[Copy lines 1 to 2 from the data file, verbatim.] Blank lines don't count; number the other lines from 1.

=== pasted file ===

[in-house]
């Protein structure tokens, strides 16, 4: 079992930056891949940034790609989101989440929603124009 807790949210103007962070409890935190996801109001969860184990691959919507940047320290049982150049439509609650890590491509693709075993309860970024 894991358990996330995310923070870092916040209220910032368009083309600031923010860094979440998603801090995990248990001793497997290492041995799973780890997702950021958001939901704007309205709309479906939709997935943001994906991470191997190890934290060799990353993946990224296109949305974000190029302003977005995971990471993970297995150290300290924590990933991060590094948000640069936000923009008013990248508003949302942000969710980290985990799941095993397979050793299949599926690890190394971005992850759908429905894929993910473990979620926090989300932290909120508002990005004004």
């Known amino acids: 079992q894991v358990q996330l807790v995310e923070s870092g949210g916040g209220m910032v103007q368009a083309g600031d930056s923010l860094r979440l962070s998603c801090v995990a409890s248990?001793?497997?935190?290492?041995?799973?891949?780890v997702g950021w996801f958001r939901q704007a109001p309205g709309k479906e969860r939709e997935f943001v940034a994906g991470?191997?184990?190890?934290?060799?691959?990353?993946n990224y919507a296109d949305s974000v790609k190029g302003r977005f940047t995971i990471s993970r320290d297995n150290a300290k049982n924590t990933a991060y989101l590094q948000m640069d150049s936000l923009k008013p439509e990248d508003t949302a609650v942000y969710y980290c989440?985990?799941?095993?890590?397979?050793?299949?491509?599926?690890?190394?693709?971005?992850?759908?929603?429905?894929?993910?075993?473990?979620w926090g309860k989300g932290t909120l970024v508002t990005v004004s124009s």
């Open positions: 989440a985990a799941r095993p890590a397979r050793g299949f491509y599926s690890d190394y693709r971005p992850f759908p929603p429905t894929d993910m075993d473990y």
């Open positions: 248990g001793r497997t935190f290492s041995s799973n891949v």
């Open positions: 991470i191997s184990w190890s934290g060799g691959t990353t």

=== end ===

[in-house]
């Protein structure tokens, strides 16, 4: 079992930056891949940034790609989101989440929603124009 807790949210103007962070409890935190996801109001969860184990691959919507940047320290049982150049439509609650890590491509693709075993309860970024 894991358990996330995310923070870092916040209220910032368009083309600031923010860094979440998603801090995990248990001793497997290492041995799973780890997702950021958001939901704007309205709309479906939709997935943001994906991470191997190890934290060799990353993946990224296109949305974000190029302003977005995971990471993970297995150290300290924590990933991060590094948000640069936000923009008013990248508003949302942000969710980290985990799941095993397979050793299949599926690890190394971005992850759908429905894929993910473990979620926090989300932290909120508002990005004004």